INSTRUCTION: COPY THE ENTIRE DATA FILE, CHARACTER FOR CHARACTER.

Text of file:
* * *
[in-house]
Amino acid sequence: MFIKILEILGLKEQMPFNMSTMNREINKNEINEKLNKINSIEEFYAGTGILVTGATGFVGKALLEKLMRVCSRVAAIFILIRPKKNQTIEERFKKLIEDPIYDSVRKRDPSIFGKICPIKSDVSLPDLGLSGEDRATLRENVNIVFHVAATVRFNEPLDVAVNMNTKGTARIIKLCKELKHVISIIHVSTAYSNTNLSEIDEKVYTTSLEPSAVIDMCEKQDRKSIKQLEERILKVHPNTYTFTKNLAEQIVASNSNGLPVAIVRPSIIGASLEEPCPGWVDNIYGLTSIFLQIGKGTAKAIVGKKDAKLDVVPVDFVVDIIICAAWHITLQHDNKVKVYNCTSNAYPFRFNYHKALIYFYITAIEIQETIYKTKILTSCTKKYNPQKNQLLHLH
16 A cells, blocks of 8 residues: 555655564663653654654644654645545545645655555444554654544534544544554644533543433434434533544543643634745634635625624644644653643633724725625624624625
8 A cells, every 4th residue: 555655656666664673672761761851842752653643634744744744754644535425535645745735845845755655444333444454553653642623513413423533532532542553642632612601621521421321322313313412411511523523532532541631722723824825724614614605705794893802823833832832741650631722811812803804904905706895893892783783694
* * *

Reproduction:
[in-house]
Amino acid sequence: MFIKILEILGLKEQMPFNMSTMNREINKNEINEKLNKINSIEEFYAGTGILVTGATGFVGKALLEKLMRVCSRVAAIFILIRPKKNQTIEERFKKLIEDPIYDSVRKRDPSIFGKICPIKSDVSLPDLGLSGEDRATLRENVNIVFHVAATVRFNEPLDVAVNMNTKGTARIIKLCKELKHVISIIHVSTAYSNTNLSEIDEKVYTTSLEPSAVIDMCEKQDRKSIKQLEERILKVHPNTYTFTKNLAEQIVASNSNGLPVAIVRPSIIGASLEEPCPGWVDNIYGLTSIFLQIGKGTAKAIVGKKDAKLDVVPVDFVVDIIICAAWHITLQHDNKVKVYNCTSNAYPFRFNYHKALIYFYITAIEIQETIYKTKILTSCTKKYNPQKNQLLHLH
16 A cells, blocks of 8 residues: 555655564663653654654644654645545545645655555444554654544534544544554644533543433434434533544543643634745634635625624644644653643633724725625624624625
8 A cells, every 4th residue: 555655656666664673672761761851842752653643634744744744754644535425535645745735845845755655444333444454553653642623513413423533532532542553642632612601621521421321322313313412411511523523532532541631722723824825724614614605705794893802823833832832741650631722811812803804904905706895893892783783694